1648. <p><math xmlns='http://www.w3.org/1998/Math/MathML' display='inline'><semantics><mrow><mo>&#x02022;</mo></mrow><annotation encoding='application/x-tex'>\bullet</annotation></semantics></math> <math xmlns='http://www.w3.org/1998/Math/MathML' display='inline'><semantics><mrow><msup><mi>F</mi> <mrow><mn>2</mn><mi>k</mi><mo>+</mo><mn>1</mn></mrow></msup></mrow><annotation encoding='application/x-tex'>F^{2k+1}</annotation></semantics></math> is a group isomorphic to <math xmlns='http://www.w3.org/1998/Math/MathML' display='inline'><semantics><mrow><msup><mi>H</mi> <mrow><mn>2</mn><mi>k</mi><mo>+</mo><mn>1</mn></mrow></msup><mo stretchy="false">/</mo><msup><mi>T</mi> <mrow><mn>2</mn><mi>k</mi><mo>+</mo><mn>1</mn></mrow></msup></mrow><annotation encoding='application/x-tex'>H^{2k+1}/T^{2k+1}</annotation></semantics></math>, whose rank</p>
  1649.  
  1650. <div class="numberedEq"><span>(10)</span><math xmlns='http://www.w3.org/1998/Math/MathML' display='block'><semantics><mrow><mi>b</mi><mo>=</mo><msub><mi>b</mi> <mrow><mn>2</mn><mi>k</mi><mo>+</mo><mn>1</mn></mrow></msub><mo stretchy="false">(</mo><mi>X</mi><mo stretchy="false">)</mo></mrow><annotation encoding='application/x-tex'>
  1651.  b = b_{2k+1}(X)
  1652. </annotation></semantics></math></div>
  1653.  
  1654. <p>is the <math xmlns='http://www.w3.org/1998/Math/MathML' display='inline'><semantics><mrow><mo stretchy="false">(</mo><mn>2</mn><mi>k</mi><mo>+</mo><mn>1</mn><mo stretchy="false">)</mo></mrow><annotation encoding='application/x-tex'>(2k+1)</annotation></semantics></math>st Betti number of <math xmlns='http://www.w3.org/1998/Math/MathML' display='inline'><semantics><mrow><mi>X</mi></mrow><annotation encoding='application/x-tex'>X</annotation></semantics></math> (def 4.4, p. 13).</p>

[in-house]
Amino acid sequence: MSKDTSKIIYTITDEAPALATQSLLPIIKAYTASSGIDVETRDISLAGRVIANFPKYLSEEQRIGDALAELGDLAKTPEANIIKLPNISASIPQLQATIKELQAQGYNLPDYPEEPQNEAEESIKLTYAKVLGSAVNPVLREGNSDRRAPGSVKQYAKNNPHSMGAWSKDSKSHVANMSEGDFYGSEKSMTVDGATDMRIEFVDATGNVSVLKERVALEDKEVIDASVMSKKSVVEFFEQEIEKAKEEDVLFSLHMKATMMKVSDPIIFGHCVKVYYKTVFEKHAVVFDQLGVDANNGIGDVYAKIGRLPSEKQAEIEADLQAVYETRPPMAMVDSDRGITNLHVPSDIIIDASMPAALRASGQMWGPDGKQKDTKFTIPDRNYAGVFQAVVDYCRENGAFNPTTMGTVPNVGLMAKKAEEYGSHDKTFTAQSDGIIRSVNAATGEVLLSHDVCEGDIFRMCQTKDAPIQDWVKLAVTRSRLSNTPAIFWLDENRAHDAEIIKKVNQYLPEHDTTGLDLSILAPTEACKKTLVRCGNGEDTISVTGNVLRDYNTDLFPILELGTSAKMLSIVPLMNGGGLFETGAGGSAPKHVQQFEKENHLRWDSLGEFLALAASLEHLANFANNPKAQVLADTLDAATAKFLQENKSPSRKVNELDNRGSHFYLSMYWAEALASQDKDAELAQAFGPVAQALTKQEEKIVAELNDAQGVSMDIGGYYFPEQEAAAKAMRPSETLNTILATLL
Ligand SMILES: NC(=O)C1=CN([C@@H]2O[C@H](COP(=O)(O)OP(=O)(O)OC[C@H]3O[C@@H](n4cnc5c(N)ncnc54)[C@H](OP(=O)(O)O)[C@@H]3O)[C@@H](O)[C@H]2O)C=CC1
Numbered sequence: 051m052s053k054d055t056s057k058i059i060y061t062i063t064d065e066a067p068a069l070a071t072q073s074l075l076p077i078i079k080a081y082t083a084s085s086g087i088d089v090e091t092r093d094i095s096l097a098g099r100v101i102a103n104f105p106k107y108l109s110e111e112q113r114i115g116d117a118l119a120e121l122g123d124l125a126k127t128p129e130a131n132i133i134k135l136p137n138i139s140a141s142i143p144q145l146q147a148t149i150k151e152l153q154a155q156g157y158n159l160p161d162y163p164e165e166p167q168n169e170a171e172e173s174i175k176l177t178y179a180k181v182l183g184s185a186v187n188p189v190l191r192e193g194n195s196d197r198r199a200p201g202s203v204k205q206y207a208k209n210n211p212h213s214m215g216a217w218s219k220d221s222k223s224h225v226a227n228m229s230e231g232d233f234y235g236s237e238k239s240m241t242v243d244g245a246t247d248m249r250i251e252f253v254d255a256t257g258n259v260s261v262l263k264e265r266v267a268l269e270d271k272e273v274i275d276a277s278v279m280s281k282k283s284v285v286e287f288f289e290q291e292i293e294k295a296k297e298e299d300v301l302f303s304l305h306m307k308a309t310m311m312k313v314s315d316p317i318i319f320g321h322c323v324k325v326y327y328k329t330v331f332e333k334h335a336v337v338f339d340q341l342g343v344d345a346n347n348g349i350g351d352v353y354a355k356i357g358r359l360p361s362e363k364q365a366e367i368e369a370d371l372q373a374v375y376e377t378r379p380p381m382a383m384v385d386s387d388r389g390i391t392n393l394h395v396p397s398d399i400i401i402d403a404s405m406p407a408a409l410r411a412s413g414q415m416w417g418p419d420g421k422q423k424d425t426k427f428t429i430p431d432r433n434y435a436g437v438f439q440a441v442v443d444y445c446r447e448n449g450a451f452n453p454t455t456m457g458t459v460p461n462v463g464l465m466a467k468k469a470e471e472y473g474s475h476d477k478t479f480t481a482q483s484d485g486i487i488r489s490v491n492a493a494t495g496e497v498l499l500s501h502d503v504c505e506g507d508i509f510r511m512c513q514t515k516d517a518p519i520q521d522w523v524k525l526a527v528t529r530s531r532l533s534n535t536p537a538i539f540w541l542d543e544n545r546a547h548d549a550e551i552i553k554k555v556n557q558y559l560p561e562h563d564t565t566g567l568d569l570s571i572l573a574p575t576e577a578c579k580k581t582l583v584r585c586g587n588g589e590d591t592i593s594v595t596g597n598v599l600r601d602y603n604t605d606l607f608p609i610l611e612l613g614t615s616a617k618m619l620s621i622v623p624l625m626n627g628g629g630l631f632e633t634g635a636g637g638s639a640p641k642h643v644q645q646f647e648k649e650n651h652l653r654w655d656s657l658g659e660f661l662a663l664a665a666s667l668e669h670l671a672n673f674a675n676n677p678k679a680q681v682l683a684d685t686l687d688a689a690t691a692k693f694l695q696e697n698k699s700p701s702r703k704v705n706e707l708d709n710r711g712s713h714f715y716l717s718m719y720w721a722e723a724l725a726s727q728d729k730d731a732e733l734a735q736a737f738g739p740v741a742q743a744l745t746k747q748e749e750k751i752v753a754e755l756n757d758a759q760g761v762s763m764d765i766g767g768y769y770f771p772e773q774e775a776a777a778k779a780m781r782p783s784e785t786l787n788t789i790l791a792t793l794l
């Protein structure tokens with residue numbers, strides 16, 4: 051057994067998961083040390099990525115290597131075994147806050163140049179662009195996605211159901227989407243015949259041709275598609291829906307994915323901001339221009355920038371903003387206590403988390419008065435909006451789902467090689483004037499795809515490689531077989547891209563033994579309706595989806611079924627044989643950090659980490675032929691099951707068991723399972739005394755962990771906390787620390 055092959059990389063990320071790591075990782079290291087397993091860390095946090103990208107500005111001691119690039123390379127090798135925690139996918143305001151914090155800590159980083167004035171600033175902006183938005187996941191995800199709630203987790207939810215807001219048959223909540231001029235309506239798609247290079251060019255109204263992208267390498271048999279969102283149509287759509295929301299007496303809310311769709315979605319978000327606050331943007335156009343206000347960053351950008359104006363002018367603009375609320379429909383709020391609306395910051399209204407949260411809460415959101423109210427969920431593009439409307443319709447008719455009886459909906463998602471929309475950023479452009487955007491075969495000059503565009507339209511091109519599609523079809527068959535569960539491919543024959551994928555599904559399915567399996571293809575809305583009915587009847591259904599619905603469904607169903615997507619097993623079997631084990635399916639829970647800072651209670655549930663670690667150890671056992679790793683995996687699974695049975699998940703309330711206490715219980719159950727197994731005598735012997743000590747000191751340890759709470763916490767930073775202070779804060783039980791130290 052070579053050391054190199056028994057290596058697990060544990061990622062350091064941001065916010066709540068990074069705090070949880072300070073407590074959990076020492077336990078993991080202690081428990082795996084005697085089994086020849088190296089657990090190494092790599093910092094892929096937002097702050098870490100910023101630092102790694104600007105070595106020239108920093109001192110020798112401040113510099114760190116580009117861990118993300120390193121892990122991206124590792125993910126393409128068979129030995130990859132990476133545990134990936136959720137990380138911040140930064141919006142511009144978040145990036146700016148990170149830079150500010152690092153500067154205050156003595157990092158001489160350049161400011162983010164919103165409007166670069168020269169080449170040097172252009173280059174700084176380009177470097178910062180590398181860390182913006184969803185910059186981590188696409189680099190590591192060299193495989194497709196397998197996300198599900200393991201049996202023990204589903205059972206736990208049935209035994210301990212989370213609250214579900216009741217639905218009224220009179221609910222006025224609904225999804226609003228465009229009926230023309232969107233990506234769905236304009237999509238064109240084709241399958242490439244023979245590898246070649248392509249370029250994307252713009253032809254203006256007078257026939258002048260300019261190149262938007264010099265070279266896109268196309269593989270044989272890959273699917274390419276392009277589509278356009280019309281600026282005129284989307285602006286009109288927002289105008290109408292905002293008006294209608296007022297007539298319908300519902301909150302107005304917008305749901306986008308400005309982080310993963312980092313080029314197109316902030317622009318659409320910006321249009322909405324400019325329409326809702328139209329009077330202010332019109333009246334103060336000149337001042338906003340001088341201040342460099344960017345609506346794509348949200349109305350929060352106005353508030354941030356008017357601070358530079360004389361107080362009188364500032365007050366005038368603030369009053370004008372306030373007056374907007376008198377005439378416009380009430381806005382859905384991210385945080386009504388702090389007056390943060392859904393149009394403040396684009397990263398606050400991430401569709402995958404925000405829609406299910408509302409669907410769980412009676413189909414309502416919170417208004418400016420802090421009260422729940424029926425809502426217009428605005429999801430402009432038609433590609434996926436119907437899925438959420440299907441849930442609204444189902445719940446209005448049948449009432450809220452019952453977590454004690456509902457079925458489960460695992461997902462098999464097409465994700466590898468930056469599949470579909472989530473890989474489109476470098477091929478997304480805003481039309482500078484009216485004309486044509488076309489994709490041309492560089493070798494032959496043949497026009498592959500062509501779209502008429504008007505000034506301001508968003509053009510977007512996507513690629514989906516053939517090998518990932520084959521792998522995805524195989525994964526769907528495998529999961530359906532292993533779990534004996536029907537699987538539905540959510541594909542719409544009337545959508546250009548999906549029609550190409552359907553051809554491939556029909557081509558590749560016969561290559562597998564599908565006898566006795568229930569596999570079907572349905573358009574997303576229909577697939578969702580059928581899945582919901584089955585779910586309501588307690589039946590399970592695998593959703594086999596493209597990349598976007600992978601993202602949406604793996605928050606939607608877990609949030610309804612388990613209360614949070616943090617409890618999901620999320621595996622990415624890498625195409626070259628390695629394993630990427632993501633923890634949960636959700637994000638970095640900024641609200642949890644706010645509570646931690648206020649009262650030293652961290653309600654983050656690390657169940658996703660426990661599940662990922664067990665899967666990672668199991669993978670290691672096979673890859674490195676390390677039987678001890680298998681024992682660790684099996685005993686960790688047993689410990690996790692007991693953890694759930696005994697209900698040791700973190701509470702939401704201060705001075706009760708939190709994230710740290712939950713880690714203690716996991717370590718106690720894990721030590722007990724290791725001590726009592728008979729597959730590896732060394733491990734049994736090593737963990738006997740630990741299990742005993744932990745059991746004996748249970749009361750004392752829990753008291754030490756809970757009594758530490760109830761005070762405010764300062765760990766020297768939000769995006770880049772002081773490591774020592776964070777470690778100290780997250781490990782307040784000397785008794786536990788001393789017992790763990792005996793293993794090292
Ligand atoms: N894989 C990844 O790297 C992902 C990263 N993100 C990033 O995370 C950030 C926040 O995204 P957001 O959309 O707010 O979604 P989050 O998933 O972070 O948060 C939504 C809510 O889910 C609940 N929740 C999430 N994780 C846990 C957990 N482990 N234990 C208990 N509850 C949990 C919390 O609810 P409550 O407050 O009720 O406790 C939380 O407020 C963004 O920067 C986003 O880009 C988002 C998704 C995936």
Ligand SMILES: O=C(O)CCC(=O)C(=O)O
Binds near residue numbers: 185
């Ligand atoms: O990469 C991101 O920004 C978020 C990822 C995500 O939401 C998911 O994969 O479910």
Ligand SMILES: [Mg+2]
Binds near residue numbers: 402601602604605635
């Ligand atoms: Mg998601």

1655.  
  1656. <p><math xmlns='http://www.w3.org/1998/Math/MathML' display='inline'><semantics><mrow><mo>&#x02022;</mo></mrow><annotation encoding='application/x-tex'>\bullet</annotation></semantics></math> <math xmlns='http://www.w3.org/1998/Math/MathML' display='inline'><semantics><mrow><msup><mi>&#x0210D;</mi> <mrow><mn>2</mn><mi>k</mi></mrow></msup><mo stretchy="false">(</mo><mi>X</mi><mo stretchy="false">)</mo></mrow><annotation encoding='application/x-tex'>\mathbb{H}^{2k}(X)</annotation></semantics></math> is the group of <strong>harmonic</strong> <math xmlns='http://www.w3.org/1998/Math/MathML' display='inline'><semantics><mrow><mn>2</mn><mi>k</mi></mrow><annotation encoding='application/x-tex'>2k</annotation></semantics></math>-forms on <math xmlns='http://www.w3.org/1998/Math/MathML' display='inline'><semantics><mrow><mi>X</mi></mrow><annotation encoding='application/x-tex'>X</annotation></semantics></math> (prop. 3.1, p. 8) with respect to the chosen metric <math xmlns='http://www.w3.org/1998/Math/MathML' display='inline'><semantics><mrow><mi>g</mi></mrow><annotation encoding='application/x-tex'>g</annotation></semantics></math></p>
  1657.  
  1658. <p><math xmlns='http://www.w3.org/1998/Math/MathML' display='inline'><semantics><mrow><mo>&#x02022;</mo></mrow><annotation encoding='application/x-tex'>\bullet</annotation></semantics></math> <math xmlns='http://www.w3.org/1998/Math/MathML' display='inline'><semantics><mrow><msup><mi>&#x0210D;</mi> <mrow><mn>2</mn><mi>k</mi></mrow></msup><mo stretchy="false">(</mo><mi>X</mi><msub><mo stretchy="false">)</mo> <mi>&#x02124;</mi></msub></mrow><annotation encoding='application/x-tex'>\mathbb{H}^{2k}(X)_\mathbb{Z}</annotation></semantics></math> is accordingly the group of <strong>harmonic</strong> <math xmlns='http://www.w3.org/1998/Math/MathML' display='inline'><semantics><mrow><mn>2</mn><mi>k</mi></mrow><annotation encoding='application/x-tex'>2k</annotation></semantics></math>-forms on <math xmlns='http://www.w3.org/1998/Math/MathML' display='inline'><semantics><mrow><mi>X</mi></mrow><annotation encoding='application/x-tex'>X</annotation></semantics></math> with <strong>integral periods</strong></p>